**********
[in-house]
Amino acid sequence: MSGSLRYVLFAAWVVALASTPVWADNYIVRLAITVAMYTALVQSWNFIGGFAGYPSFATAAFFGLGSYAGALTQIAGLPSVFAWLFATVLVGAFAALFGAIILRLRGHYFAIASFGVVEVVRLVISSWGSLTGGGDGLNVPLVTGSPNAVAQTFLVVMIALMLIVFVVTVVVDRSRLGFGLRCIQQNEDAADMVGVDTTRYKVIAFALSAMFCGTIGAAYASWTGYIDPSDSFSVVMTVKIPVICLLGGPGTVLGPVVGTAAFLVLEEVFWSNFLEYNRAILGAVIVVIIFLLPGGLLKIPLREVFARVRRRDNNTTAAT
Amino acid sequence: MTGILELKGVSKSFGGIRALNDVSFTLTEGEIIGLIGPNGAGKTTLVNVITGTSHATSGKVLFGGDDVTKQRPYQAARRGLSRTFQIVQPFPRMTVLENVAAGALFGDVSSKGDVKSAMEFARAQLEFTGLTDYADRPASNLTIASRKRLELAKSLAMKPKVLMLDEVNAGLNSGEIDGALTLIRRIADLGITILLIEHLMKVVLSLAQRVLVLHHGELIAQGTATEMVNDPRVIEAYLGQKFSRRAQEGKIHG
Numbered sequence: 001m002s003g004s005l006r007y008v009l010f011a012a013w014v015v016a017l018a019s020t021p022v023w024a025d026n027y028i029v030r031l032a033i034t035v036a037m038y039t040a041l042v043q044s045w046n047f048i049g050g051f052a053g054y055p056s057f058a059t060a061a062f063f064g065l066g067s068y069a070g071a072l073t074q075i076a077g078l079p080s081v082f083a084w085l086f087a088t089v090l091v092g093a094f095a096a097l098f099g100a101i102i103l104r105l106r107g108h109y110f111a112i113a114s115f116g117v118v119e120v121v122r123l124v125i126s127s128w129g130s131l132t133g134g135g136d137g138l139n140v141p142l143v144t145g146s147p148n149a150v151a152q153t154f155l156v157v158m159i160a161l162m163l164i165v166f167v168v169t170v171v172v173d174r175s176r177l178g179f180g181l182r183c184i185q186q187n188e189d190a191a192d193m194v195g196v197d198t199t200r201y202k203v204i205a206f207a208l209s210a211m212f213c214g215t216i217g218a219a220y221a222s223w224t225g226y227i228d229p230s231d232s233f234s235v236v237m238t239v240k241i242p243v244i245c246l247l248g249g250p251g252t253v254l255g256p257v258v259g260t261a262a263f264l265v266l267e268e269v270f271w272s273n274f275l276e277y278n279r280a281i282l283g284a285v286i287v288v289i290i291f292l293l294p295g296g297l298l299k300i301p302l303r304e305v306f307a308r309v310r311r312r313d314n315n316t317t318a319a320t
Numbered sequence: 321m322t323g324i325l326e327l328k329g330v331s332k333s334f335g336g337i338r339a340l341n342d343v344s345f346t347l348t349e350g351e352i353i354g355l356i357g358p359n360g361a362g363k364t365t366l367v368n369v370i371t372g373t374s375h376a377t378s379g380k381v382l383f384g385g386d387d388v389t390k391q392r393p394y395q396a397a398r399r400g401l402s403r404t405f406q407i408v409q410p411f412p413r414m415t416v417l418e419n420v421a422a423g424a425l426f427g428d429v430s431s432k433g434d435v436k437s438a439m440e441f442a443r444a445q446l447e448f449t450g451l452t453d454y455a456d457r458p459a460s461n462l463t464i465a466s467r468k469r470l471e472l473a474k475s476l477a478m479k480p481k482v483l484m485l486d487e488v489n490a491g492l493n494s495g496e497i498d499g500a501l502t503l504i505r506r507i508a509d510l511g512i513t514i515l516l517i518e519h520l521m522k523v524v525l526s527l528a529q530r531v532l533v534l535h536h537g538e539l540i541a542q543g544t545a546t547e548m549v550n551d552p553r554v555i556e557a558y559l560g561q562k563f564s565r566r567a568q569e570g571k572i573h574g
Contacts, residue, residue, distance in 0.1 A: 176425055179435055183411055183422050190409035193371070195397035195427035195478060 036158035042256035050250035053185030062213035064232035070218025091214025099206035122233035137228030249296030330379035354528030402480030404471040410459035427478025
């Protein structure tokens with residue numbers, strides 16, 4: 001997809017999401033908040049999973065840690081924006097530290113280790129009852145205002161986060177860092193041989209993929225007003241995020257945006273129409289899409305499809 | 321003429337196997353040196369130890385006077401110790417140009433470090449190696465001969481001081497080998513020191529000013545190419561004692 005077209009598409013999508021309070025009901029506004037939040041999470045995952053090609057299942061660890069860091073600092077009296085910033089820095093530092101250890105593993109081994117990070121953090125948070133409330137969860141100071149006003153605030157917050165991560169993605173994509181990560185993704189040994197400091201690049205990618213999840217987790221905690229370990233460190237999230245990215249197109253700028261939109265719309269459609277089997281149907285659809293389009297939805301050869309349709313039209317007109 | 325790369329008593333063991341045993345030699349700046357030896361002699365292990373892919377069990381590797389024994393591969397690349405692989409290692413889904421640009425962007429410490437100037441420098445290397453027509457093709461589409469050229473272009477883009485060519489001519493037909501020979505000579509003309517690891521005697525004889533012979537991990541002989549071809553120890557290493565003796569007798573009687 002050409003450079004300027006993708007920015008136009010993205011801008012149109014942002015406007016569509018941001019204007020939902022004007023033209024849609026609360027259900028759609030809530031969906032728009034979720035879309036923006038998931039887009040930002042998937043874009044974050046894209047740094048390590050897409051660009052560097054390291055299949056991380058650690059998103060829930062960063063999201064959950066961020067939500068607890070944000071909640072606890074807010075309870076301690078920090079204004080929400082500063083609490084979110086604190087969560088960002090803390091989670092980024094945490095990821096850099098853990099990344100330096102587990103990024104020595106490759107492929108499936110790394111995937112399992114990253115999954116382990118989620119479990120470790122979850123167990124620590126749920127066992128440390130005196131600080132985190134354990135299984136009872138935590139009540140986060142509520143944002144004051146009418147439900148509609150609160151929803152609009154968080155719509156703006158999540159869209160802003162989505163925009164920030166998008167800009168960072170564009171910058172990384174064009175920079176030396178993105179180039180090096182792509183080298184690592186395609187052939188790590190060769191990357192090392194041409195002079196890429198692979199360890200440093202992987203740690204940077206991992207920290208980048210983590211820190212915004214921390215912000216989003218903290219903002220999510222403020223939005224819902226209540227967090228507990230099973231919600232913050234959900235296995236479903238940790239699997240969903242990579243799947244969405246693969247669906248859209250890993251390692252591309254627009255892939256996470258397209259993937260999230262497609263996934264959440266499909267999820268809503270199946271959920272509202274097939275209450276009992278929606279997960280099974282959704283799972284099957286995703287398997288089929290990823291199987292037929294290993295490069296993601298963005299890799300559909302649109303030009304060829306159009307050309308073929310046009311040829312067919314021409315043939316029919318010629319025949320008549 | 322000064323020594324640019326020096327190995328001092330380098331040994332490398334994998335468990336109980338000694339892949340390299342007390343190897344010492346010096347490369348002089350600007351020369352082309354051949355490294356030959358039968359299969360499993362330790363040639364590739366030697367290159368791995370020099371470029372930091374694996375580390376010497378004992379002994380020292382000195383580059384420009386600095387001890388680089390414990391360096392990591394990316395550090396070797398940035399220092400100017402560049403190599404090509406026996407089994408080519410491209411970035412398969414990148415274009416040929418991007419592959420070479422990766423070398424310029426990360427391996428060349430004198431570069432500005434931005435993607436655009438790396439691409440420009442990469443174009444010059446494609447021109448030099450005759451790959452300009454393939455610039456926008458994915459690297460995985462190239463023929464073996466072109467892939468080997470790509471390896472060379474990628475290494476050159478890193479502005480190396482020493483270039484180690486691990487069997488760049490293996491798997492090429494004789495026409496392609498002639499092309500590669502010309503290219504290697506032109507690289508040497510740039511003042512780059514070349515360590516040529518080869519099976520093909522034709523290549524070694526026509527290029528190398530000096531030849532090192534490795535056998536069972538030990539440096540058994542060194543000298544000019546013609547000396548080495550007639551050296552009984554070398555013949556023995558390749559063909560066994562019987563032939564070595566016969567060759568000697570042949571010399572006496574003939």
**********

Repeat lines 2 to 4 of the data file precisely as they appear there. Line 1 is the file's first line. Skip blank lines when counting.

Amino acid sequence: MSGSLRYVLFAAWVVALASTPVWADNYIVRLAITVAMYTALVQSWNFIGGFAGYPSFATAAFFGLGSYAGALTQIAGLPSVFAWLFATVLVGAFAALFGAIILRLRGHYFAIASFGVVEVVRLVISSWGSLTGGGDGLNVPLVTGSPNAVAQTFLVVMIALMLIVFVVTVVVDRSRLGFGLRCIQQNEDAADMVGVDTTRYKVIAFALSAMFCGTIGAAYASWTGYIDPSDSFSVVMTVKIPVICLLGGPGTVLGPVVGTAAFLVLEEVFWSNFLEYNRAILGAVIVVIIFLLPGGLLKIPLREVFARVRRRDNNTTAAT
Amino acid sequence: MTGILELKGVSKSFGGIRALNDVSFTLTEGEIIGLIGPNGAGKTTLVNVITGTSHATSGKVLFGGDDVTKQRPYQAARRGLSRTFQIVQPFPRMTVLENVAAGALFGDVSSKGDVKSAMEFARAQLEFTGLTDYADRPASNLTIASRKRLELAKSLAMKPKVLMLDEVNAGLNSGEIDGALTLIRRIADLGITILLIEHLMKVVLSLAQRVLVLHHGELIAQGTATEMVNDPRVIEAYLGQKFSRRAQEGKIHG
Numbered sequence: 001m002s003g004s005l006r007y008v009l010f011a012a013w014v015v016a017l018a019s020t021p022v023w024a025d026n027y028i029v030r031l032a033i034t035v036a037m038y039t040a041l042v043q044s045w046n047f048i049g050g051f052a053g054y055p056s057f058a059t060a061a062f063f064g065l066g067s068y069a070g071a072l073t074q075i076a077g078l079p080s081v082f083a084w085l086f087a088t089v090l091v092g093a094f095a096a097l098f099g100a101i102i103l104r105l106r107g108h109y110f111a112i113a114s115f116g117v118v119e120v121v122r123l124v125i126s127s128w129g130s131l132t133g134g135g136d137g138l139n140v141p142l143v144t145g146s147p148n149a150v151a152q153t154f155l156v157v158m159i160a161l162m163l164i165v166f167v168v169t170v171v172v173d174r175s176r177l178g179f180g181l182r183c184i185q186q187n188e189d190a191a192d193m194v195g196v197d198t199t200r201y202k203v204i205a206f207a208l209s210a211m212f213c214g215t216i217g218a219a220y221a222s223w224t225g226y227i228d229p230s231d232s233f234s235v236v237m238t239v240k241i242p243v244i245c246l247l248g249g250p251g252t253v254l255g256p257v258v259g260t261a262a263f264l265v266l267e268e269v270f271w272s273n274f275l276e277y278n279r280a281i282l283g284a285v286i287v288v289i290i291f292l293l294p295g296g297l298l299k300i301p302l303r304e305v306f307a308r309v310r311r312r313d314n315n316t317t318a319a320t